We don't get a deviance, but Stata does print the log-likelihood. For individual data the deviance is -2logL, and for the grouped data in the original table the deviance is twice the differences in log-likelihoods between the saturated and this model

```. lrtest . sat

Likelihood-ratio test                                  LR chi2(8)  =     20.47
(Assumption: . nested in sat)                          Prob > chi2 =    0.0087
```

The deviance of 20.47 on 8 d.f. is significant at the 1% level, so we have evidence that this model does not fit the data. We explore the lack of fit using a graph.

#### Plotting Observed and Fitted Logits

Let us do Figure 6.1, comparing observed and fitted logits. We start with the `predict` post-estimation command, which can evaluate logits, with the `xb` option, or probabilities, with the `pr` option, the default.

If you are predicting probabilities you usually specify one output variable for each possible outcome. If you specify just one variable Stata predicts the first outcome, unless you use the `outcome()` option to specify which outcome you want to predict.

If you are predicting logits you must do them one at a time, so you will usually specify the outcome you want. Here we compute the logits for sterilization vs no method and for other method vs no method:

```. predict fit1, outcome(1) xb

. predict fit2, outcome(2) xb
```

For the observed values we could restore the saturated model and follow the same procedure, but we can also do the calculation 'by hand' taking advantage of the fact that the data are ordered by contraceptive use within each age group:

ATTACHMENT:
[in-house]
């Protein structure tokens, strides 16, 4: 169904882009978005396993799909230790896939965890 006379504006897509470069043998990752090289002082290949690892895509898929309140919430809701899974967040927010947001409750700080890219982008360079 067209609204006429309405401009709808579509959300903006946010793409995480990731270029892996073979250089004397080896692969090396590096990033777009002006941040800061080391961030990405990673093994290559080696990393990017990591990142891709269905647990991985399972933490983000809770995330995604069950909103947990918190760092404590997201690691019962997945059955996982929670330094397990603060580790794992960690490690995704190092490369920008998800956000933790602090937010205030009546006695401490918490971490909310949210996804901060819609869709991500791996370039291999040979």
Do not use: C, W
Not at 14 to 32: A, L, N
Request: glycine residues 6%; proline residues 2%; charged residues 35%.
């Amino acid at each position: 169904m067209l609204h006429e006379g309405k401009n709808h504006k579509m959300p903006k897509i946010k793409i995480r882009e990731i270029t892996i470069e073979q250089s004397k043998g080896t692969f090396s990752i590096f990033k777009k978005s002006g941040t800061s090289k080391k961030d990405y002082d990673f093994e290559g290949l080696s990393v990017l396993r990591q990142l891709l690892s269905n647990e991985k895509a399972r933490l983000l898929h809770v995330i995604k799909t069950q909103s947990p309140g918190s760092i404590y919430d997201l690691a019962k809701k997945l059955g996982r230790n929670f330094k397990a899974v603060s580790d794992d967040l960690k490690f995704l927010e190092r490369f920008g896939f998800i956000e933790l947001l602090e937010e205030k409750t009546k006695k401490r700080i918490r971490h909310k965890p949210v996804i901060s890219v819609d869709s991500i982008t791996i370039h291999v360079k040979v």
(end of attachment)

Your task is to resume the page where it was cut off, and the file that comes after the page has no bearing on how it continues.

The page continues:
```. gen obs1 = log(cases[_n]/cases[_n+2]) if cuse==1
(14 missing values generated)

. gen obs2 = log(cases[_n]/cases[_n+1]) if cuse==2
(14 missing values generated)
```

Finally we plot observed versus fitted logits, using markers for the observed values and smooth curves for the quadratics.

```. graph twoway (scatter obs1 age, mc(green)) ///
>         (scatter obs2 age, mc(red) ms(t)) ///
>         (mspline  fit1 age, bands(7) lc(green) lw(medthick)) ///
>         (mspline  fit2 age,  bands(7) lc(red) lw(medthick) ) ///
>   ,  ytitle("log-odds (no method as base)") ///
>         title("Figure 6.1:  Contraceptive Use by Age")  ///
>         legend(order(1 "sterilization"  2 "Other method") ring(0) pos(5))

. graph export fig61.png, width(500) replace
(file fig61.png written in PNG format)
```

The graph suggests that most of the lack of fit comes from overestimation of the relative odds of being sterilized compared to using no method at ages 15-19. Adding a dummy for this age group confirms the result:

```. gen age1519 = ageg==1

. quietly mlogit cuse age agesq age1519 [fw=cases]

. lrtest . sat

Likelihood-ratio test                                  LR chi2(6)  =     12.10
(Assumption: . nested in sat)                          Prob > chi2 =    0.0599
```

The deviance is now only 12.10 on 6 d.f., so we pass the goodness of fit test. (We really didn't need the dummy in the equation for other methods, so the gain comes from just one d.f.)

An important caveat with multinomial logit models is that we are modeling odds or relative probabilities, and it is always possible for the odds of one category to increase while the probability of that category declines, simply because the odds of another category increase more. To examine this possibility one can always compute predicted probabilities.

Continue with The Conditional Logit Model